John Dwan Office Building

Also known as: 3M/Dwan Building, The Sandpaper Museum
201 Waterfront Dr., Two Harbors, Minnesota

Law Office of John Dwan, Now Serving as a Museum

Photos 

North Face

Photo taken by J.R. Manning in August 2013

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Map 

Street View 

Description 

John Dwan was an attorney in Two Harbors. In 1902, in this office, Dwan drew up papers to incorporate a new venture, called Minnesota Mining and Manufacturing Company. The initial investors included Henry S. Bryan, Dr. J. Daniel Budd, Herman Cable, William McGonagle and John Dwan himself.

The firm began mining a mineral they wished to use as an abrasive, called corundum, to manufacture grinding wheels. Corundum was, apparently, abundant on the north shore of Lake Superior. The firm acquired acreage and mineral rights, and built a manufacturing facility.

As it turns out, the material in the mine was actually anorthosite, a poor choice to make abrasives or anything else. Coupled with manufacturing issues, the fledging company almost collapsed.

John Dwan tried to sell stock in order to raise capitol, but it was derided as not being worth a "two-bit shot of whiskey."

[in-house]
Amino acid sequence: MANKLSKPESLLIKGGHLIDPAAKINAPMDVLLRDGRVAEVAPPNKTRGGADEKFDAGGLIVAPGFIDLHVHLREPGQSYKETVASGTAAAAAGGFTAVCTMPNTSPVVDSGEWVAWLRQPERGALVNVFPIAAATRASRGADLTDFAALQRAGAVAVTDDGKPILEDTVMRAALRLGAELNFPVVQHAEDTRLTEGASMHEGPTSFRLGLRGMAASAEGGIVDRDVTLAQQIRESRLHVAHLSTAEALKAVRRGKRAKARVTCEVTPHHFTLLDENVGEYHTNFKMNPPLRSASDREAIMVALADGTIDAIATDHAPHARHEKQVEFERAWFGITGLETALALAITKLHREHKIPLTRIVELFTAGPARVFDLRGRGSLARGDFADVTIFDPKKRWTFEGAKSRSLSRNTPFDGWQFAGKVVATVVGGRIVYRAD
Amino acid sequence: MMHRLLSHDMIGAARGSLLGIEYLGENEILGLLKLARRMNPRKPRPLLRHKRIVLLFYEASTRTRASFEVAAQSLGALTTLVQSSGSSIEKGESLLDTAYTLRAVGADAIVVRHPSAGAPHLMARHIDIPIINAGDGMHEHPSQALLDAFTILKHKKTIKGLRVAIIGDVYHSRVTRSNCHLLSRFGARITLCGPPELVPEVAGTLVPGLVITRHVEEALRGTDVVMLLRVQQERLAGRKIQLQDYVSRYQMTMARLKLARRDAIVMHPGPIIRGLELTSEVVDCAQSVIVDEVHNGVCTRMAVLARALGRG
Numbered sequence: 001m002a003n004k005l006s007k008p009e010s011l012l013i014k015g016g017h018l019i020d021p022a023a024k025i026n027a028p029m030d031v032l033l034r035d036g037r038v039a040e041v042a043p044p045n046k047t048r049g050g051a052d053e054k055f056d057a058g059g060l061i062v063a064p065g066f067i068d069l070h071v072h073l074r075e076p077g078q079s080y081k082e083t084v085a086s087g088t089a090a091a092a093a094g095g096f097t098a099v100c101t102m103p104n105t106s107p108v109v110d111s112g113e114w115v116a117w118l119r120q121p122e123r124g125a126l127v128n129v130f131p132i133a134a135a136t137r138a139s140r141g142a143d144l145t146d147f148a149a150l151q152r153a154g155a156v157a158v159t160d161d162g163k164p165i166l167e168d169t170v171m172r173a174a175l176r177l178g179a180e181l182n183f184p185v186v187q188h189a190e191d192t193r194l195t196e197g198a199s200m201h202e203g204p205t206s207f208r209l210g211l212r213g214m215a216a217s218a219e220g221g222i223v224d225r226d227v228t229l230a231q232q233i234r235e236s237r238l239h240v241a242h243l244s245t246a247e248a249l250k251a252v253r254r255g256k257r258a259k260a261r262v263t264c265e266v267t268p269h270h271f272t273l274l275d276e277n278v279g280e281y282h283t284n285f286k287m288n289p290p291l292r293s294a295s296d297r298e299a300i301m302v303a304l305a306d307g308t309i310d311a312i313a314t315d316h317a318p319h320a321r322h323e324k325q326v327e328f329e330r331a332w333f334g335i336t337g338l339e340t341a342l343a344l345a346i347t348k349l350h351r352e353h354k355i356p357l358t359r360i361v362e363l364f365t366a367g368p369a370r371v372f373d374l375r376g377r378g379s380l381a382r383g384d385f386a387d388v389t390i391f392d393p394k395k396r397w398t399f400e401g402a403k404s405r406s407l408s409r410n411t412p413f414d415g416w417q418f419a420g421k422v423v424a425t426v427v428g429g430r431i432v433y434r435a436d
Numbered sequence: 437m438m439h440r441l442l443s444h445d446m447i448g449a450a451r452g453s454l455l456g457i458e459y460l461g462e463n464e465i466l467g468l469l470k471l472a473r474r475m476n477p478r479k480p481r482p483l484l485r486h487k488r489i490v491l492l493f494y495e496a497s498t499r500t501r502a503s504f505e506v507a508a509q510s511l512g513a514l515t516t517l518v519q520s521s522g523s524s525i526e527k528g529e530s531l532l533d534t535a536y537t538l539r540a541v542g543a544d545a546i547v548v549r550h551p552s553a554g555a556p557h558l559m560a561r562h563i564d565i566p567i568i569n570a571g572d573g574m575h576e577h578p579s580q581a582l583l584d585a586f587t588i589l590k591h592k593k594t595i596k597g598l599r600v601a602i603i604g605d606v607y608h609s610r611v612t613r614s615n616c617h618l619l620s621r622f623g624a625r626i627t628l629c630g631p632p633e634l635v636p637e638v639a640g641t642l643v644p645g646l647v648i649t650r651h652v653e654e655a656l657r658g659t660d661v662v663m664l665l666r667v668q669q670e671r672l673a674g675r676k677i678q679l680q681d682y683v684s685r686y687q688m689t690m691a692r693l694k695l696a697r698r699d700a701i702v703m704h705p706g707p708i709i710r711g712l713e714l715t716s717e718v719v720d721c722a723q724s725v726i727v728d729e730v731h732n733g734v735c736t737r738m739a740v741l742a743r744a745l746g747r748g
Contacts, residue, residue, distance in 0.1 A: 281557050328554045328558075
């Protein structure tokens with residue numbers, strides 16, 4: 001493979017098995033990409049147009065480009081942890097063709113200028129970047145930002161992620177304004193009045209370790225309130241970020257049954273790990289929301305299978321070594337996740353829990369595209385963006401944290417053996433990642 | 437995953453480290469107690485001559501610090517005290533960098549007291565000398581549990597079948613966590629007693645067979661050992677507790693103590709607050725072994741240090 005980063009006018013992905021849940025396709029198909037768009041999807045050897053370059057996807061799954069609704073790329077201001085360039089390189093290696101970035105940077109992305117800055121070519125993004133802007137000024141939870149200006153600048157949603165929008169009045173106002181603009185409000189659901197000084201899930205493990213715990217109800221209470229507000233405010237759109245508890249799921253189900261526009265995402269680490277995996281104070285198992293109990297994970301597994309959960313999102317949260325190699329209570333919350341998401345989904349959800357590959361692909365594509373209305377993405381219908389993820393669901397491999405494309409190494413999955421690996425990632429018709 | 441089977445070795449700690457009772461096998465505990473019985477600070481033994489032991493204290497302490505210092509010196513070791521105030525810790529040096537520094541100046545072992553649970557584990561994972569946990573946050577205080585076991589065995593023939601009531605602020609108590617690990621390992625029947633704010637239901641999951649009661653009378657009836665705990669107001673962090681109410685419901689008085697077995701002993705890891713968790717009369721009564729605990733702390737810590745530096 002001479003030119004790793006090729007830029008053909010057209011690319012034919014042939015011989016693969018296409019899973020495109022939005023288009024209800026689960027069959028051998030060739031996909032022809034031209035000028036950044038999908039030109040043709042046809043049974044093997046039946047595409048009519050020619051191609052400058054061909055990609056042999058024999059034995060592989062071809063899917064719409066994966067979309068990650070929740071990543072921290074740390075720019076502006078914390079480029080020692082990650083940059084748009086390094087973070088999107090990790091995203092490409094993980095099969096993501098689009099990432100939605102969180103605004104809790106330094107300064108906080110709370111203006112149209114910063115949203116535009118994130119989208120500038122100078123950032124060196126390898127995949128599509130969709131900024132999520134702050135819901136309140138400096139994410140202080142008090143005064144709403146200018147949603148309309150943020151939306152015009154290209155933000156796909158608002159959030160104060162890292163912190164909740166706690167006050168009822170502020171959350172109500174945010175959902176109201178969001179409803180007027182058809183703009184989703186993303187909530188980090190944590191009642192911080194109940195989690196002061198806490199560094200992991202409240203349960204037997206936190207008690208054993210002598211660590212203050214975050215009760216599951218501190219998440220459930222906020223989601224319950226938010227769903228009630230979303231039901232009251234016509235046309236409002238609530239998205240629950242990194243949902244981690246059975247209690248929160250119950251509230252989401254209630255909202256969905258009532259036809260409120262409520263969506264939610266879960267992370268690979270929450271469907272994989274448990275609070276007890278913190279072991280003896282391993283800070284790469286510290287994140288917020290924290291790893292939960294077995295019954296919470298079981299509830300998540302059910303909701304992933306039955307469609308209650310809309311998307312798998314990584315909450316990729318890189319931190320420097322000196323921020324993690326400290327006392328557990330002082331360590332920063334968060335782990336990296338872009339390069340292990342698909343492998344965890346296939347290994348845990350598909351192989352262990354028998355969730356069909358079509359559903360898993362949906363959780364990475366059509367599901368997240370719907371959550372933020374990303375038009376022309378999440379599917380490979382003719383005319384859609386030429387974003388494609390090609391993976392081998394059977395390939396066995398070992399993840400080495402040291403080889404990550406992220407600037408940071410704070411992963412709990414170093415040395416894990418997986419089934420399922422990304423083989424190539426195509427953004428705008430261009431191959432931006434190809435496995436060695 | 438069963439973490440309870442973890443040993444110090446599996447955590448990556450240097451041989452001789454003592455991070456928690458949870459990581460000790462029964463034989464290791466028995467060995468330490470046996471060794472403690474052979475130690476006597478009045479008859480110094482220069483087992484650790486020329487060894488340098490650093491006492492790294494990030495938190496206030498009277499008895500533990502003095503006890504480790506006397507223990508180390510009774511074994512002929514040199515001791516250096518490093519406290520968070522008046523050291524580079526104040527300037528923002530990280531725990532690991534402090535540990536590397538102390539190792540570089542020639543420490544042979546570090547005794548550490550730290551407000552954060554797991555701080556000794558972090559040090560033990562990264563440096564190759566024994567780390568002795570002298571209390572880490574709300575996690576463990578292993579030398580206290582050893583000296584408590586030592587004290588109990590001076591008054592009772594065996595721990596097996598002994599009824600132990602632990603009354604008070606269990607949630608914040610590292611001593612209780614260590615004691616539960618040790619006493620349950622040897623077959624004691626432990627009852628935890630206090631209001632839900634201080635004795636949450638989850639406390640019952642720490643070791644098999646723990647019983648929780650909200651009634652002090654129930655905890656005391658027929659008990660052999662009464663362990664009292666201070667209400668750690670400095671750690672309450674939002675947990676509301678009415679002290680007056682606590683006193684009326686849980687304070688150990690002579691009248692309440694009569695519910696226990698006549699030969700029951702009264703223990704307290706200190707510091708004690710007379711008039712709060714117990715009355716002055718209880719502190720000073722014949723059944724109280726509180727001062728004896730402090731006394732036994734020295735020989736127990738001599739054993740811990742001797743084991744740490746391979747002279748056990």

In 1905, under the new leadership of Edgar Ober and Lucius Ordway, the company moved to Duluth and began manufacturing sandpaper - just in time to supply the new automobile industry with body finishing products.

Today, 3M (as it began to become known) grew into a 30 billion dollar corporation employing 88,000 people worldwide.

Next time you purchase a roll of Scotch® brand tape or a package of Post-it® Notes, remember that it all started right here, in this modest office building, in 1902.

Oh, by the way, if you had one of those stock certificates today, that back then wasn't worth a "two-bit shot of whiskey," it would be worth just shy of two million dollars.

National Register information 

Status
Posted to the National Register of Historic Places on June 11, 1992
Reference number
92000700
NR name
Dwan, John, Office Building
Architectural style
Late 19th and 20th Century Revival: Classical Revival
Areas of significance
Industry; Commerce
Level of significance
State
Evaluation criteria
A - Event
Property type
Building
Historic functions
Professional; Business
Current functions
Museum; Single dwelling
Period of significance
1900-1924
Significant year
1902
Number of properties
Contributing buildings: 1
Non-contributing buildings: 1

Update Log 

  • March 31, 2021: New Street View added by Bill Eichelberger
  • April 13, 2014: Updated by J.R. Manning: Updated Status and Added Photos

Sources